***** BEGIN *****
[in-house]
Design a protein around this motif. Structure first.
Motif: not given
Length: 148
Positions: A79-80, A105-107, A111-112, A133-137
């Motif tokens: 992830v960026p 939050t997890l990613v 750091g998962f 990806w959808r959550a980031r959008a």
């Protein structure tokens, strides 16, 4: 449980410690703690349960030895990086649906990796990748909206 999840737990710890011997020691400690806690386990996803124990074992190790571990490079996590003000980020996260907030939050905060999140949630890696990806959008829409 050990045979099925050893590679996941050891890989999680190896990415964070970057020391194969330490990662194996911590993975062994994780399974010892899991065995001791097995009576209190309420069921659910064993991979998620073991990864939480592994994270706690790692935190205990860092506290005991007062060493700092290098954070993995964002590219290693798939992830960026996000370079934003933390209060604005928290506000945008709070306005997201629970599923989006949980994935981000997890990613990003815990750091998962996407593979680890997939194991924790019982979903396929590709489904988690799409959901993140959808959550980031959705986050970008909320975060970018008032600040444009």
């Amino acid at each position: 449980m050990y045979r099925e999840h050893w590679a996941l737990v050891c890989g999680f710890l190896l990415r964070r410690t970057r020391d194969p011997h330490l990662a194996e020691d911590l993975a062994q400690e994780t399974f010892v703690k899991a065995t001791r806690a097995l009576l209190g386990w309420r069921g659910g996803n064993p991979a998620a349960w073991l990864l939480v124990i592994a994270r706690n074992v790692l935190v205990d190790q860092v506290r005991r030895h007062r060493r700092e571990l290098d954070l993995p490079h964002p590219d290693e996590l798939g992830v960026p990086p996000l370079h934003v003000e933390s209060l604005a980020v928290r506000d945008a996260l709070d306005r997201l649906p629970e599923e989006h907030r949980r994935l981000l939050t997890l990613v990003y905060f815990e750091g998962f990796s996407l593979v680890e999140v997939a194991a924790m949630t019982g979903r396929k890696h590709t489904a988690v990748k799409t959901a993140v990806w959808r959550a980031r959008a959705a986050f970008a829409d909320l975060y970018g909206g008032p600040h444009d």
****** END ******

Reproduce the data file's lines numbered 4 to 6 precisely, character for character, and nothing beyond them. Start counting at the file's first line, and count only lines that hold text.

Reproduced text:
Length: 148
Positions: A79-80, A105-107, A111-112, A133-137
């Motif tokens: 992830v960026p 939050t997890l990613v 750091g998962f 990806w959808r959550a980031r959008a």